peter, when i was already a grownup, i recall a gas war in cleveland and we were paying 19 cents a gallon instead of 29 cents...back in the day, i drove over an hour each way to teach in a farm community...my fill up was $2. 68!
Marlene, weren’t those steam powered back then?? Sorry, go ahead and smack me.
We who remember the “Gas Wars” / “Gas Crisis”, can remember being in line for miles, pushing our cars because we ran out waiting, just to find out that 10 gal max or license plates that ended in with an even number had to wait for a M W or F. We are not willing to go through that again, so we just pay what is posted, no/small lines, no/little waiting.
70’s and 80’s we use to boycott companies. But in the end, it just didn’t make any difference.
When I came to the US in 1997 I paid $10.00 to fill the empty gas tank of my car.
Just this morning I paid $40.00 to fill the same empty gas tank.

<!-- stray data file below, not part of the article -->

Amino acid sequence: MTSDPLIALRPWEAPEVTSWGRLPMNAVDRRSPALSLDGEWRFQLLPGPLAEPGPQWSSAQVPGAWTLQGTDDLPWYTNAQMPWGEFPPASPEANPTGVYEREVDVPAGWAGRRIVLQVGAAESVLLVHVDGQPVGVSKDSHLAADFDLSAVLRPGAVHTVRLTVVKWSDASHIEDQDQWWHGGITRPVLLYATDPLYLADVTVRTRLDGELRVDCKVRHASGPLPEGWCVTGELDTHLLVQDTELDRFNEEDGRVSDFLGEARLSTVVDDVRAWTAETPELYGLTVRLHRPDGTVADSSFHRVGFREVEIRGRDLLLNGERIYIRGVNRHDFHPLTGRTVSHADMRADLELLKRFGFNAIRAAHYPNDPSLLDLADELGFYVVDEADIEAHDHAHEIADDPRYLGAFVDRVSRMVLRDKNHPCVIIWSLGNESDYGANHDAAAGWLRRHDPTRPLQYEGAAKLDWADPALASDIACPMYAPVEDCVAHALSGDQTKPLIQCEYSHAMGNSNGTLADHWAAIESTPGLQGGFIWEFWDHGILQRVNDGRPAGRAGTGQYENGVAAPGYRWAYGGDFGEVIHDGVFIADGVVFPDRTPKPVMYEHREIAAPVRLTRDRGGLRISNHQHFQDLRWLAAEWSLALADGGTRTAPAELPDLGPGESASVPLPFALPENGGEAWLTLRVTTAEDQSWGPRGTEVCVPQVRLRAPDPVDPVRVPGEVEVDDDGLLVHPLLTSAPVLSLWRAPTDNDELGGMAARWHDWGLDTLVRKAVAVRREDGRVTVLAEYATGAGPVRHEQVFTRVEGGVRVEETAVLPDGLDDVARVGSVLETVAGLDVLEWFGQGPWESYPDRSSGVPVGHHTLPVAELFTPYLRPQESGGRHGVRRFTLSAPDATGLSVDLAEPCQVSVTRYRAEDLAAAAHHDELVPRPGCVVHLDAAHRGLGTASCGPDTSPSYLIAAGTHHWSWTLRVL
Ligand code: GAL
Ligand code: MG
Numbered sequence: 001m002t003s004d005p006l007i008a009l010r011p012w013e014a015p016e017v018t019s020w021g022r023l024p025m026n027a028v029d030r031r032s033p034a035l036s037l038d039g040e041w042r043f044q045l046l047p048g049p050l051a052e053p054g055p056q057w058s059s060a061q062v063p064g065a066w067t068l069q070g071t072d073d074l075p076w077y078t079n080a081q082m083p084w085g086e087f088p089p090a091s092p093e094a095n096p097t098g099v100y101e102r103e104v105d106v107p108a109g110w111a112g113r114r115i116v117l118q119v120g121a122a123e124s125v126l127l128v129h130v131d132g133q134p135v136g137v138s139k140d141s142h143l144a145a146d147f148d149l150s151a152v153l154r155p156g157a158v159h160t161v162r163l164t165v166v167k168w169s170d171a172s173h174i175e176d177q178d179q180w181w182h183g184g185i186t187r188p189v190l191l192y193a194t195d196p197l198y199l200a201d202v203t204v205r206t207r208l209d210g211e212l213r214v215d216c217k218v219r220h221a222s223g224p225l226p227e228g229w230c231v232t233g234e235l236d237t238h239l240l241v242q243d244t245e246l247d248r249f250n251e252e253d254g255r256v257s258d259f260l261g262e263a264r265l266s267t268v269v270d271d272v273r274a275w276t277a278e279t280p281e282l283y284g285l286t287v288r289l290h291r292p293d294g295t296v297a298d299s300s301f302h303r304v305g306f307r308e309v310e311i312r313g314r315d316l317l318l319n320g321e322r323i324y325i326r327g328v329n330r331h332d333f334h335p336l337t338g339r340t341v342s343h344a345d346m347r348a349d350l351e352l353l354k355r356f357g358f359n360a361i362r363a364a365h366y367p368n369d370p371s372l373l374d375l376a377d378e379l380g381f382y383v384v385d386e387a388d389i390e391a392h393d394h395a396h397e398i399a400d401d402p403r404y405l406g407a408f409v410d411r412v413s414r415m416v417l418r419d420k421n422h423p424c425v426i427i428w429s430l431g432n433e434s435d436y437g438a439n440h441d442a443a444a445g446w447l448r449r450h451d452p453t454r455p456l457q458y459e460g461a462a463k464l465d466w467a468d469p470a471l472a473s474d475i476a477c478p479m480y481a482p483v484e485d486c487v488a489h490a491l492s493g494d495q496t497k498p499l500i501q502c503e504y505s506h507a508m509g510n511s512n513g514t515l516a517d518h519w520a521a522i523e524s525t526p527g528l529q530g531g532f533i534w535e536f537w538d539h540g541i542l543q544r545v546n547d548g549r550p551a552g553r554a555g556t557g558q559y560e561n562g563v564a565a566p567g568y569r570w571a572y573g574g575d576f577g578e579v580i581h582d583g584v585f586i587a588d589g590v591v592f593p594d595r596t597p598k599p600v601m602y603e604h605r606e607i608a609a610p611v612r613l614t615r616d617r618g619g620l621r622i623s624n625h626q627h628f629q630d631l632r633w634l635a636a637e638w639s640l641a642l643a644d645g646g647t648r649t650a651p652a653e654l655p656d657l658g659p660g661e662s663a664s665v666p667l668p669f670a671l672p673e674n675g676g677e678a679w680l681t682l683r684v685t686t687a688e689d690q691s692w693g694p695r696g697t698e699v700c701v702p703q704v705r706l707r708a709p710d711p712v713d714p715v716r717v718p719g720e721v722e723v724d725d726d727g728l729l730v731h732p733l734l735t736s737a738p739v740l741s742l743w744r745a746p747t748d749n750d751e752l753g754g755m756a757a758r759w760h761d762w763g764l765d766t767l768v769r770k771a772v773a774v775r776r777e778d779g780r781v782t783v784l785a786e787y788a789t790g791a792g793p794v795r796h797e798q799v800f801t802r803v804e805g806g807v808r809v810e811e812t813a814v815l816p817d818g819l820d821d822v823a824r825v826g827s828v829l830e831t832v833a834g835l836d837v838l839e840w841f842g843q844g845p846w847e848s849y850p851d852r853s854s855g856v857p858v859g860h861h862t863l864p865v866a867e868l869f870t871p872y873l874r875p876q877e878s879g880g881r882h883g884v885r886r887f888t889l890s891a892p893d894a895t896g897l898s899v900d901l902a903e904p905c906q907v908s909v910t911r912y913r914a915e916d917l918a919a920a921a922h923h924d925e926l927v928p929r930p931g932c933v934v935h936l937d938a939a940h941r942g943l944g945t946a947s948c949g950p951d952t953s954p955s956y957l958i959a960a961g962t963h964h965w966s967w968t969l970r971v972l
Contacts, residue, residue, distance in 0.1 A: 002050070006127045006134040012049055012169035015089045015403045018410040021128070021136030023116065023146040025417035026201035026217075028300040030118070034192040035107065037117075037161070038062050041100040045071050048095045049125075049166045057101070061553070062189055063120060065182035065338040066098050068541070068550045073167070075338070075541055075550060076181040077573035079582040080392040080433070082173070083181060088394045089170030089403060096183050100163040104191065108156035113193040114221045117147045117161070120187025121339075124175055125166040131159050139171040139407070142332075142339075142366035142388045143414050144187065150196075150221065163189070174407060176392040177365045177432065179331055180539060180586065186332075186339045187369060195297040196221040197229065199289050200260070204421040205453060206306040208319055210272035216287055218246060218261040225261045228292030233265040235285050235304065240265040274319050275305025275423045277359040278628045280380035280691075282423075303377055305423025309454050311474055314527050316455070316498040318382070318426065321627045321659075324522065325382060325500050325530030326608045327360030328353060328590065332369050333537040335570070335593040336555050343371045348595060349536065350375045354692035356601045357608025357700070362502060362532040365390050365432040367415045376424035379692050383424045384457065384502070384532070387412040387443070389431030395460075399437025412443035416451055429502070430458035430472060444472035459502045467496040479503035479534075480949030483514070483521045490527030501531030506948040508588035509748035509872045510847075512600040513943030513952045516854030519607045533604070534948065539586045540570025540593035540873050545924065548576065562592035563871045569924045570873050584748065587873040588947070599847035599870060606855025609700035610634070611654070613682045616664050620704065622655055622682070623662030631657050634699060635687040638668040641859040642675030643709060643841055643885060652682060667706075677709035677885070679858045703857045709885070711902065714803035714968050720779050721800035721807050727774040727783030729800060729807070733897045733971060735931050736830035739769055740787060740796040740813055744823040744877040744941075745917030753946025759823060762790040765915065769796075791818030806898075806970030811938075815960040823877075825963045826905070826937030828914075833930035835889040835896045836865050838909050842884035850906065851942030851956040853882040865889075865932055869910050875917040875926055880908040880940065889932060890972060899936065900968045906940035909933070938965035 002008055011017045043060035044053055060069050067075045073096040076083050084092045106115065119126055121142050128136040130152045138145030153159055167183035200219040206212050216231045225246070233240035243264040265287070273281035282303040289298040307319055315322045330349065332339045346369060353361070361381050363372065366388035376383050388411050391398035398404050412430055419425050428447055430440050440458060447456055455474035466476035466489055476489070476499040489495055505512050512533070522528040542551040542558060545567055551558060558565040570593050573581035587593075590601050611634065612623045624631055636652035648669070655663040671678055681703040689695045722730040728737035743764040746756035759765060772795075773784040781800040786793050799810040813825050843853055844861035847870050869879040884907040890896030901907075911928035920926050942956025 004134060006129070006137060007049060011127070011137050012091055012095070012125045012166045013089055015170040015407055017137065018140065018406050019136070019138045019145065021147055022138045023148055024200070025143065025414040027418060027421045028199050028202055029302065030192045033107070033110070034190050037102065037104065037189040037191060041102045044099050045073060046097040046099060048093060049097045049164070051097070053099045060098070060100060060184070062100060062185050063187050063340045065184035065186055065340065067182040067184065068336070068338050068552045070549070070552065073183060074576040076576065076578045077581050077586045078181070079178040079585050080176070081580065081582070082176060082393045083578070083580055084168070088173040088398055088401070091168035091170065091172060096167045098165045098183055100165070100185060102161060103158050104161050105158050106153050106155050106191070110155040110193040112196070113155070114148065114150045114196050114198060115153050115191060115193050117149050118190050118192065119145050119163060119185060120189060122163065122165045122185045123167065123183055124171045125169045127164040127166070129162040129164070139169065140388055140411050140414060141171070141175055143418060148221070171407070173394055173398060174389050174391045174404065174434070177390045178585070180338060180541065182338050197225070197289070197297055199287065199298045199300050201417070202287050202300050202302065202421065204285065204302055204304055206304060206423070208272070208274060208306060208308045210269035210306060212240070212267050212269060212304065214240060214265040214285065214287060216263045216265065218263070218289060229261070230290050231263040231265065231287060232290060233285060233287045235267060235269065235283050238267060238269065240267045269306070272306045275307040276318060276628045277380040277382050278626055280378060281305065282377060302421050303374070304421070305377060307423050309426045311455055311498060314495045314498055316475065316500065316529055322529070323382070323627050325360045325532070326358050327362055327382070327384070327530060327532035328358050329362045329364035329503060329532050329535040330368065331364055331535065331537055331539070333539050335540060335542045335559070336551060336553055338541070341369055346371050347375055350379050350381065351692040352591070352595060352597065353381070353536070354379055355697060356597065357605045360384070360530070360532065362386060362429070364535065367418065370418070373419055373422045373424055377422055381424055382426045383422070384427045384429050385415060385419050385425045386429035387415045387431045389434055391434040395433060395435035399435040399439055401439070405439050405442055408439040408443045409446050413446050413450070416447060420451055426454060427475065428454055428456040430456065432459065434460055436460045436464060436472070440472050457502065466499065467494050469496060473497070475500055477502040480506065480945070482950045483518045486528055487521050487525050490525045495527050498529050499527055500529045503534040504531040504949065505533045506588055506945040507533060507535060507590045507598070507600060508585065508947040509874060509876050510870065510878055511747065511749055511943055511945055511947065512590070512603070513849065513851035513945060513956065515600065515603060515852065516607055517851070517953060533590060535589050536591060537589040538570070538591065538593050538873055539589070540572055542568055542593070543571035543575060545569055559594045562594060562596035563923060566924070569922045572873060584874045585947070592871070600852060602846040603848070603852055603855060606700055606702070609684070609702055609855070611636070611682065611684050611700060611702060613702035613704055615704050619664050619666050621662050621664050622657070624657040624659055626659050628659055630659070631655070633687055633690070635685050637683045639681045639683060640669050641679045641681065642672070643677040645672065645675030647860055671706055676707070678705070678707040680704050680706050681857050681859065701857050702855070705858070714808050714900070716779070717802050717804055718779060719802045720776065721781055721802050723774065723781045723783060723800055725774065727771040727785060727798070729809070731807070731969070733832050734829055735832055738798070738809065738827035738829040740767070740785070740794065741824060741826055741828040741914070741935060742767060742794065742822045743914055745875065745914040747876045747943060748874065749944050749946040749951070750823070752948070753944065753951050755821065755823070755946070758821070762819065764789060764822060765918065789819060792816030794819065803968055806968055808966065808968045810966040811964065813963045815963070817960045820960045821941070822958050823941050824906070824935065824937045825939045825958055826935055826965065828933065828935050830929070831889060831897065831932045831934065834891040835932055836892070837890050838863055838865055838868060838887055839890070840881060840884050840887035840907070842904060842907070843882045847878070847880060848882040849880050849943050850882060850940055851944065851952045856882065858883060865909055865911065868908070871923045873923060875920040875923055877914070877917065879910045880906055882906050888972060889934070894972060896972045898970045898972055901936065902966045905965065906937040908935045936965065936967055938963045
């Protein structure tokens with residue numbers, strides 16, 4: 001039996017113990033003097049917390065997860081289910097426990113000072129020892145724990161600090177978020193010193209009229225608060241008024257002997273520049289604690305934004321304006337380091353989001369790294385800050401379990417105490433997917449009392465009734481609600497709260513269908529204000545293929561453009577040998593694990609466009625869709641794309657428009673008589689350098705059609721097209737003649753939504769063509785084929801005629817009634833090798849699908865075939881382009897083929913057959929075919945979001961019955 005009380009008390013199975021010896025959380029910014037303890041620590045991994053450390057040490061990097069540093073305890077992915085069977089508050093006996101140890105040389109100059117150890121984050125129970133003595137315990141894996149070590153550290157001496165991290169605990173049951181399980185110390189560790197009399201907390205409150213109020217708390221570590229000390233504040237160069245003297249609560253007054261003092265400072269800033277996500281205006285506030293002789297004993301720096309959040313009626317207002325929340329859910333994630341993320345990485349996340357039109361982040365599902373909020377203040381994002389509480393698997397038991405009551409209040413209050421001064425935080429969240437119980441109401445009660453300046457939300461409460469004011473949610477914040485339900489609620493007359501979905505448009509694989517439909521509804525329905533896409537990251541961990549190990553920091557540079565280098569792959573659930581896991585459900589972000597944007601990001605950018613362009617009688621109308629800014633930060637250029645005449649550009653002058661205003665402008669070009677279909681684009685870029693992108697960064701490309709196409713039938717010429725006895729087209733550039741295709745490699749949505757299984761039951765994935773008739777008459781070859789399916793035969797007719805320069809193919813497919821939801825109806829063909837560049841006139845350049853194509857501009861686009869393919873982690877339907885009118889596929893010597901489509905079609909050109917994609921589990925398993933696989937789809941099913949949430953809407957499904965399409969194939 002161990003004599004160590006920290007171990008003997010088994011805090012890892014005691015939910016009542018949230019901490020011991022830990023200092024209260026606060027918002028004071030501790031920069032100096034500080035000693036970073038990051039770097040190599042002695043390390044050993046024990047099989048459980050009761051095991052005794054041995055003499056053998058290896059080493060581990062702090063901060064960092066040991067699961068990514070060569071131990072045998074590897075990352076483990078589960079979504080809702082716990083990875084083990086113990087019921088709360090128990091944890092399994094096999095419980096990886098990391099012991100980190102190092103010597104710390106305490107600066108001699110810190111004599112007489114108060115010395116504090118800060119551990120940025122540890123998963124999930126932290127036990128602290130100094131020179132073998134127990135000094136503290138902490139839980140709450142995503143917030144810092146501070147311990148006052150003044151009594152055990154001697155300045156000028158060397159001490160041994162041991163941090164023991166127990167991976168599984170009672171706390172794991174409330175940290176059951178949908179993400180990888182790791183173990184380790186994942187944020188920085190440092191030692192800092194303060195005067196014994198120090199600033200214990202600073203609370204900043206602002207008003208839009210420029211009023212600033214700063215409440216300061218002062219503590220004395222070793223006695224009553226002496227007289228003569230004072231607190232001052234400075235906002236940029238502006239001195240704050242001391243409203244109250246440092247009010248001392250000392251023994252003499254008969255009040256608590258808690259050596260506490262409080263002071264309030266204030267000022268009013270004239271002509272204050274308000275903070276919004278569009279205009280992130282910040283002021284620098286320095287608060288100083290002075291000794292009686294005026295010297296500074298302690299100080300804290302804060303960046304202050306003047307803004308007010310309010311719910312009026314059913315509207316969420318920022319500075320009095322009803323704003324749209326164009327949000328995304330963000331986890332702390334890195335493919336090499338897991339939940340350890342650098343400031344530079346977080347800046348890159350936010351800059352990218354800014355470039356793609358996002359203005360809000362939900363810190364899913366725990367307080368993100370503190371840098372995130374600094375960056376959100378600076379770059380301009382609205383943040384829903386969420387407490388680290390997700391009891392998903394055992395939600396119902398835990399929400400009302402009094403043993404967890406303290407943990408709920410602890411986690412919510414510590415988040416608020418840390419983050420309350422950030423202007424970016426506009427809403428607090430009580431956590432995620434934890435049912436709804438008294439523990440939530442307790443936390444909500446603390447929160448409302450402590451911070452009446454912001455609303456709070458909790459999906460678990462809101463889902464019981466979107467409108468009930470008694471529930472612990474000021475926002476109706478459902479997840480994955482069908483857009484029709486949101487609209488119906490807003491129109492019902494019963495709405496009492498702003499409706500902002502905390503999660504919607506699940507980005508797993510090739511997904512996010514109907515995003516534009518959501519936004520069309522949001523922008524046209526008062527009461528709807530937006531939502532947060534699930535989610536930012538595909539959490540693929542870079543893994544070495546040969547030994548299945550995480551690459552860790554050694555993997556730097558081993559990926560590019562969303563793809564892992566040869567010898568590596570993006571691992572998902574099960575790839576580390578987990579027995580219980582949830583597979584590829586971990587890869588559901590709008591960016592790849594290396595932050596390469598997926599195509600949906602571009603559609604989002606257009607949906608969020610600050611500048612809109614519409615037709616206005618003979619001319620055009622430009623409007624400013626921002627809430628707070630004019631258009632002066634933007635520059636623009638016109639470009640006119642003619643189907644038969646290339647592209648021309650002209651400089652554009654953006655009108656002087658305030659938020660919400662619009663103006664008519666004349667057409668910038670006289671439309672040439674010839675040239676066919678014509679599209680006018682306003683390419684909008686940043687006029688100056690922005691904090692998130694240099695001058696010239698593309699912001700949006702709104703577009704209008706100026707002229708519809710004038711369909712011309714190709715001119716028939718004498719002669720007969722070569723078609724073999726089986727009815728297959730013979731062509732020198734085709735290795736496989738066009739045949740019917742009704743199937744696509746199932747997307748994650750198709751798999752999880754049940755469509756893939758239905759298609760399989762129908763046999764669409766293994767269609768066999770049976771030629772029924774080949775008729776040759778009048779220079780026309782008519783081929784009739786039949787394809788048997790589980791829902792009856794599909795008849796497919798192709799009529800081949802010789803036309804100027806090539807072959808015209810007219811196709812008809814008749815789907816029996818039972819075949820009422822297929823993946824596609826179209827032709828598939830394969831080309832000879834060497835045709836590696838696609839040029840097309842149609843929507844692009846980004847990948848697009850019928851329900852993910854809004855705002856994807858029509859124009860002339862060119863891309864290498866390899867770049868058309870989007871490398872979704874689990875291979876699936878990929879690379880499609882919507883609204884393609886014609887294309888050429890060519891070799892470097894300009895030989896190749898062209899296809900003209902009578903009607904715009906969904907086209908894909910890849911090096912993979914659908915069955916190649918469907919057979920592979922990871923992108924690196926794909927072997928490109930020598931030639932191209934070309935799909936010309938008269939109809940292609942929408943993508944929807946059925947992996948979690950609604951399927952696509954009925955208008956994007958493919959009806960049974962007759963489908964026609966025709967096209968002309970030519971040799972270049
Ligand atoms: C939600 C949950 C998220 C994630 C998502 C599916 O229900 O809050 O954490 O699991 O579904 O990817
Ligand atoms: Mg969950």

Back in 1997 it was too cheap ... now, 15 years later, it's too expensive.
pete, i could never smack you, unless it was a love whack!
this was 1971...i had a plymouth duster ( which was resurrected a few years back)
i paid, brand new out the door, taxes included...$2400....it seems only fitting that the tank cost under $3 to fillerup!
40 years later......
my 1996 infiniti, worth $2400 costs me close to $50 to fill....what is wrong with this picture?
Aah yes, the price of gas... i remember when i drove from Chicago to Los Angeles for $38.00 and the SERVICE STATION ATTENDANT pumped the gas, washed the windows and checked the tires, oil and radiator levels... now that was, THE GOOD OLD DAYS... 8>))